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When you first sign up with a wireless telephone provider, the phone that you buy from them will come at a heavy discount- up to $200 off, in most cases. To protect this subsidy, not only do most providers lock you into a service agreement with an early deactivation fee, they make it so you cannot reprogram the phone's number or its network code without the Subsidy Lock Code, which they generally keep secret.


Getting the subsidy lock code anyway

When you call into a wireless company's call center, you are going to be connected to an agent who very likely doesn't know or care that he or she is not supposed to give out the code. So you can call up, and just ask for it. The can usually look it up in a database, based on your ESN. Failing that, say that your phone isn't working, and needs to be reprogrammed. Say that when you get the phone to display its own number, it is off by one digit. Or call to get your number changed because of prank calls- anything which would require the reprogramming of your phone. They will more likely than not then just walk you through reprogramming the phone- giving you the sublock code in the process.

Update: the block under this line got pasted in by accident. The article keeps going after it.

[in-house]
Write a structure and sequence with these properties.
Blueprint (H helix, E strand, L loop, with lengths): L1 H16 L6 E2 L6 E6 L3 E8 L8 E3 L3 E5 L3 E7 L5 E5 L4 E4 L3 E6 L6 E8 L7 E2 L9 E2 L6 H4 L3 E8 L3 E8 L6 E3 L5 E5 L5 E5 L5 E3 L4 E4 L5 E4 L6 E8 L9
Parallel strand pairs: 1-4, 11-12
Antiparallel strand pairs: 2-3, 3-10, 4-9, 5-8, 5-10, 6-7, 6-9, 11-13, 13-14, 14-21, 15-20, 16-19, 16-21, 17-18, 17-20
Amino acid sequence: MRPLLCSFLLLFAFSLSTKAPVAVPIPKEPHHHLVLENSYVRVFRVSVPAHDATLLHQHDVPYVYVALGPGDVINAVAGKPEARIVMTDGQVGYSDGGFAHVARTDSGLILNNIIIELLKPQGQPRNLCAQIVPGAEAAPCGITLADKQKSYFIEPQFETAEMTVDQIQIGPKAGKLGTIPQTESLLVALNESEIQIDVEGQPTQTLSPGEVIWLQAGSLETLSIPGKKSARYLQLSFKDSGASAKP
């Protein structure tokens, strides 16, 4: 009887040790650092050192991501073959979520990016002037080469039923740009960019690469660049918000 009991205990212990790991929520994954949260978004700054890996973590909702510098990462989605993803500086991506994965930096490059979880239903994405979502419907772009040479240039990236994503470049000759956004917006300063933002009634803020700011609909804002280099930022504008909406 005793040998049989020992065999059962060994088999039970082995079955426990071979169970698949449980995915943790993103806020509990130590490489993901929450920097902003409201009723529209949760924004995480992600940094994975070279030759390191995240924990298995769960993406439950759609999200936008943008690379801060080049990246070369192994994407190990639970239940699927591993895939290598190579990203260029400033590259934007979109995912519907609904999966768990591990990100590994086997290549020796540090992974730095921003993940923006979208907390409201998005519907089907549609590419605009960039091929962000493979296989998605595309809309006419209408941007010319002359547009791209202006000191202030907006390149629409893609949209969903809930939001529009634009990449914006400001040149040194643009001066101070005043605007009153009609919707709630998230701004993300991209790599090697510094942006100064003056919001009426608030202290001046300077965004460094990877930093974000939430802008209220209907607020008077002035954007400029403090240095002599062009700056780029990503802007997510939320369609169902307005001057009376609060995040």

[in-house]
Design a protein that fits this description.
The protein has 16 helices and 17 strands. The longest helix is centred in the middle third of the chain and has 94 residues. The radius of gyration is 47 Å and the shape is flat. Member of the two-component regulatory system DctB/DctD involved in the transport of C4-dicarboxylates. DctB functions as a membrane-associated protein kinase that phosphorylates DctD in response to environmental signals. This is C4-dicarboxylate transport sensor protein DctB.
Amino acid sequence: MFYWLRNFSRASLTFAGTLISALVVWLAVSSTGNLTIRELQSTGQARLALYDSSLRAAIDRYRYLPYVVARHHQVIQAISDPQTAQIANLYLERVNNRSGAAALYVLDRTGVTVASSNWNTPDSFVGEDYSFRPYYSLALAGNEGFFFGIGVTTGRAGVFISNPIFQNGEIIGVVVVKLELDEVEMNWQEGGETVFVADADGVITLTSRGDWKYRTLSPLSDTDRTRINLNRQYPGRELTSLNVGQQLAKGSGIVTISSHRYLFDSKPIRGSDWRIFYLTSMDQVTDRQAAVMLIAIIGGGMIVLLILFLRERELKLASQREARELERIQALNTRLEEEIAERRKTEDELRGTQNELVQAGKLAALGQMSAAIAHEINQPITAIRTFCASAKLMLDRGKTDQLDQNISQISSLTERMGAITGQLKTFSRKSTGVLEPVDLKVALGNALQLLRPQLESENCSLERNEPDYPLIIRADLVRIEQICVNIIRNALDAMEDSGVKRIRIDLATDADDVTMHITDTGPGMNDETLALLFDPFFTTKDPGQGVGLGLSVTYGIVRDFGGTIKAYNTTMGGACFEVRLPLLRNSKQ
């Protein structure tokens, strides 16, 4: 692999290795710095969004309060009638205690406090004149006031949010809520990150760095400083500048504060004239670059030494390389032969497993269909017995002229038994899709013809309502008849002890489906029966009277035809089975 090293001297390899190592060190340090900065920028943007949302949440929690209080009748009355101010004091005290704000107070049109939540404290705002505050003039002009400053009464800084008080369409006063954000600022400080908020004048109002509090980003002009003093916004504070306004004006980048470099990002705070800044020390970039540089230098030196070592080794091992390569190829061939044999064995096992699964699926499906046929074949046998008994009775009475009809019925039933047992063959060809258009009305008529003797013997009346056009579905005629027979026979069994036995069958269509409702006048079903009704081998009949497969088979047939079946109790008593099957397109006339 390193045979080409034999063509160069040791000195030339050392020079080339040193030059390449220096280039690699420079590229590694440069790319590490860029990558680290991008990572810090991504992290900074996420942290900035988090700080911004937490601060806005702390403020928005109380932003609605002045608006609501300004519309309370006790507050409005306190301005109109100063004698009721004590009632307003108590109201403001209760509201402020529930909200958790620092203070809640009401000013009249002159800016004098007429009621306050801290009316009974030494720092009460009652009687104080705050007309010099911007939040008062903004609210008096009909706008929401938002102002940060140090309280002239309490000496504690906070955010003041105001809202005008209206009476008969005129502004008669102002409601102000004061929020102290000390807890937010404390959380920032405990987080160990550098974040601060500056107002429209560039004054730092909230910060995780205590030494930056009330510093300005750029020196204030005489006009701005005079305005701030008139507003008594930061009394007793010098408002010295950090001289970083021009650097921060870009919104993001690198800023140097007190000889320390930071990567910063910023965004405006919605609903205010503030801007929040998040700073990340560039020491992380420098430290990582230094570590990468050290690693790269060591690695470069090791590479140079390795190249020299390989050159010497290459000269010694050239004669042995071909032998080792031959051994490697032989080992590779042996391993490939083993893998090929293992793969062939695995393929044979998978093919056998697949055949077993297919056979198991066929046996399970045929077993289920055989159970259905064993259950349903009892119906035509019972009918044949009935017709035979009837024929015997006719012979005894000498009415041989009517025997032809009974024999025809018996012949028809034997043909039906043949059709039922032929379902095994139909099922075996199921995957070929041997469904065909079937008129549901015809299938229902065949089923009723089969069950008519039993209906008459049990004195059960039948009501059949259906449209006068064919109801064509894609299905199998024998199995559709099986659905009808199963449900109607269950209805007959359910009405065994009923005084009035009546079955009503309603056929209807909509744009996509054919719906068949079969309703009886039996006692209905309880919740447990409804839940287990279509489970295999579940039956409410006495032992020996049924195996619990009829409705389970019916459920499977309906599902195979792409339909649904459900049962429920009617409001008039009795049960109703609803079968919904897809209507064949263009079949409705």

What use is the sublock code, if I have it?

Remember that just changing the phone number in your phone is not enough to actually change your number. It does need to be changed in your provider's networks as well- the network will generally know what ESN and what phone number go together. There is not much you can do with the sublock code apart from taking your phone and using it with another provider- of course, given that the other provider uses the same type of wireless technology (such as CDMA, TDMA, or GSM), and is willing to support your particular phone.


Note: If the sublock code doesn't work, it may just be off by one digit, due to rounding. Generally the sublock code is generated off of the ESN. The process which does this is apparantly not as accurate as it can be. Also, once you have the ESN code, it is often possible to change it.